Netflix is reportedly quietly testing support for iOS 14’s new spatial audio functionality. According to a report from iPhoneSoft, citing an anonymous Netflix developer, the company has been testing spatial audio support on iPhone and iPad since December.
Update February 22, 2021: Netflix has given a statement to MacRumors saying it is not testing spatial audio:
In a statement to MacRumors, a Netflix spokesperson says that it’s not currently testing spatial audio support, and has no plans to make public at this point in time. Netflix instead says it was testing multi-channel support for built-in speakers, as part of its mission to “improve” its service, and evaluate “new experiences” for users.
There is actually not much work that would be required on Netflix’s end to support spatial audio. The service already offers a variety of surround sound content, which is what spatial audio converts into virtual surround sound. Many streaming services, including Apple TV+, Hulu, and Disney+ already support spatial audio.
The iPhoneSoft report doesn’t include specific information on when Netflix will roll out spatial audio report, instead only vaguely suggesting a spring release with a “limited” catalog.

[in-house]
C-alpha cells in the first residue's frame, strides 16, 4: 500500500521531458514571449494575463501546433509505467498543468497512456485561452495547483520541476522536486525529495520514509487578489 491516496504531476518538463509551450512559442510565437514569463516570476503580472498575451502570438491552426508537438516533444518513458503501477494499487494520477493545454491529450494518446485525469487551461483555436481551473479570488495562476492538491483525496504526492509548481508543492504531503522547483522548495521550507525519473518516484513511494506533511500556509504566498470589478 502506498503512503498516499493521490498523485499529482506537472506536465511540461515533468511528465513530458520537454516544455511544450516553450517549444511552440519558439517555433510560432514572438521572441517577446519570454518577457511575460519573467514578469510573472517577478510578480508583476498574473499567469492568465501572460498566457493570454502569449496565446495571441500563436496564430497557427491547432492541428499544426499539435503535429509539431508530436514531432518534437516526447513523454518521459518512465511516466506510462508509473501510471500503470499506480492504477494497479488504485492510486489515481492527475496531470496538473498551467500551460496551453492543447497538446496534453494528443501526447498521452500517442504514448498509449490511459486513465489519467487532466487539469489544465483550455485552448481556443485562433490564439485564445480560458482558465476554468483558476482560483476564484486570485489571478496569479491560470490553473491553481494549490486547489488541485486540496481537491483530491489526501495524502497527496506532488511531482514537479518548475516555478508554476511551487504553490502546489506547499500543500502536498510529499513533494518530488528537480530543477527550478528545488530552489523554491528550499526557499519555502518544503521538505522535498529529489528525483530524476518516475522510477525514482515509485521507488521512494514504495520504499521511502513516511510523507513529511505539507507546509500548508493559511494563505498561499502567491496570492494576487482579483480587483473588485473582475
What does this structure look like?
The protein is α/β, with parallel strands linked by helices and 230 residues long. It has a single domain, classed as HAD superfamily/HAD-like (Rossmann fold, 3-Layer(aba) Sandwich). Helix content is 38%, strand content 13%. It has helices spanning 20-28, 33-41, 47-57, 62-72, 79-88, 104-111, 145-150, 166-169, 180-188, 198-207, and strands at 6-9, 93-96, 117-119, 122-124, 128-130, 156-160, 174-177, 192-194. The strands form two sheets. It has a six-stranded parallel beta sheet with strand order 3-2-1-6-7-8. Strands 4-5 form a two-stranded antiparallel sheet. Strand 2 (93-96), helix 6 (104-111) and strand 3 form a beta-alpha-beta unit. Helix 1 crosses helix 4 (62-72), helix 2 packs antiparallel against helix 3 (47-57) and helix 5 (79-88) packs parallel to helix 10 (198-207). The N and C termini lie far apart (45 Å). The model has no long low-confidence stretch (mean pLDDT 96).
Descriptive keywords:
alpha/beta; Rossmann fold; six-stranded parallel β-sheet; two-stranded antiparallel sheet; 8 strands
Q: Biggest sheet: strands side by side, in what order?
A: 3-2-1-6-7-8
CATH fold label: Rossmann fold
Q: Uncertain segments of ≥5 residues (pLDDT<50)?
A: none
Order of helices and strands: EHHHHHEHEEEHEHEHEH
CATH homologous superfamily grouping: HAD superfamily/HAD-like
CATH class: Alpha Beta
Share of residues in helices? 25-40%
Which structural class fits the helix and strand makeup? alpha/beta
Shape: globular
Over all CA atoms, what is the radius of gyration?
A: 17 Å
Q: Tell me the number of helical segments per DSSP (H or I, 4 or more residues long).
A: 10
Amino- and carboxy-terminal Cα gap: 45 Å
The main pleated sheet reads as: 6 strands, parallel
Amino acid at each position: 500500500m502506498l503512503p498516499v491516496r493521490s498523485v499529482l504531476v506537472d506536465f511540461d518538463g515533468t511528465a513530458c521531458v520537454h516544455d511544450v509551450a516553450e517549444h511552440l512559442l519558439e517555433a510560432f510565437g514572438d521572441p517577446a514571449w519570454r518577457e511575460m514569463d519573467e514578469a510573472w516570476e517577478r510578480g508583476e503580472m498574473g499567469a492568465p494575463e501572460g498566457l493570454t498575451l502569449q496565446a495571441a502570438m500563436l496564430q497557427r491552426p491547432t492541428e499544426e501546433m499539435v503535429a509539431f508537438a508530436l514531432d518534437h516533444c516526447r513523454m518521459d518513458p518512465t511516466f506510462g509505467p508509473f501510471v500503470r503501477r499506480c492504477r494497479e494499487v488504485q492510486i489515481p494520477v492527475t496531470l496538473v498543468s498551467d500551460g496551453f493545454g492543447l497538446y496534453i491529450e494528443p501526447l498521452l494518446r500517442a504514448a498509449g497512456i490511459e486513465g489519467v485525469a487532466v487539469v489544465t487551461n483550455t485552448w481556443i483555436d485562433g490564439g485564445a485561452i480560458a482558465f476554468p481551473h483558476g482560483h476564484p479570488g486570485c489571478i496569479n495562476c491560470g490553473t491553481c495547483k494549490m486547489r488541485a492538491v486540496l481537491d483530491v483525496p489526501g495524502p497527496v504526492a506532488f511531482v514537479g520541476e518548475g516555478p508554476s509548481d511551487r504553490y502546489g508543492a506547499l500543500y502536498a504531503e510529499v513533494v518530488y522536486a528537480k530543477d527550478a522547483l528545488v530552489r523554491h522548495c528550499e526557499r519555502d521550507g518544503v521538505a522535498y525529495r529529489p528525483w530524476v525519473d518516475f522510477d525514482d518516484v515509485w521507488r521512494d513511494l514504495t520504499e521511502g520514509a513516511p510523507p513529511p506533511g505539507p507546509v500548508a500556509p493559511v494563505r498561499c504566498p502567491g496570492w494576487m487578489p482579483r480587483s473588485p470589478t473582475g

What is spatial audio?
Apple says that spatial audio is an immersive experience using directional audio filters to “play sounds virtually anywhere in space, creating an immersive sound experience.” This will put surround channels exactly in the right spot, even as you turn your head or move your device.
Here’s how Apple describes the spatial audio feature for AirPods Pro and AirPods Max users:
Spatial audio with dynamic head tracking brings the movie theater experience right to your AirPods Pro. By applying directional audio filters and subtly adjusting the frequencies each ear receives, spatial audio can place sounds virtually anywhere in space, creating an immersive surround sound experience. Using the gyroscope and accelerometer in your AirPods Pro and your iPhone, spatial audio tracks the motion of your head as well as your device, compares the motion data, and then remaps the sound field so that it stays anchored to your device even as your head moves.
One important thing to keep in mind is that only Netflix’s highest-end Premium tier supports Dolby Atmos surround sound. It’s possible that Netflix also limits Spatial Audio to the Premium subscribers too, but we don’t yet know the details.
If you notice support for spatial audio with Netflix on your iPhone or iPad, be sure to let us know down in the comments or on Twitter @9to5Mac.
FTC: We use income earning auto affiliate links. More.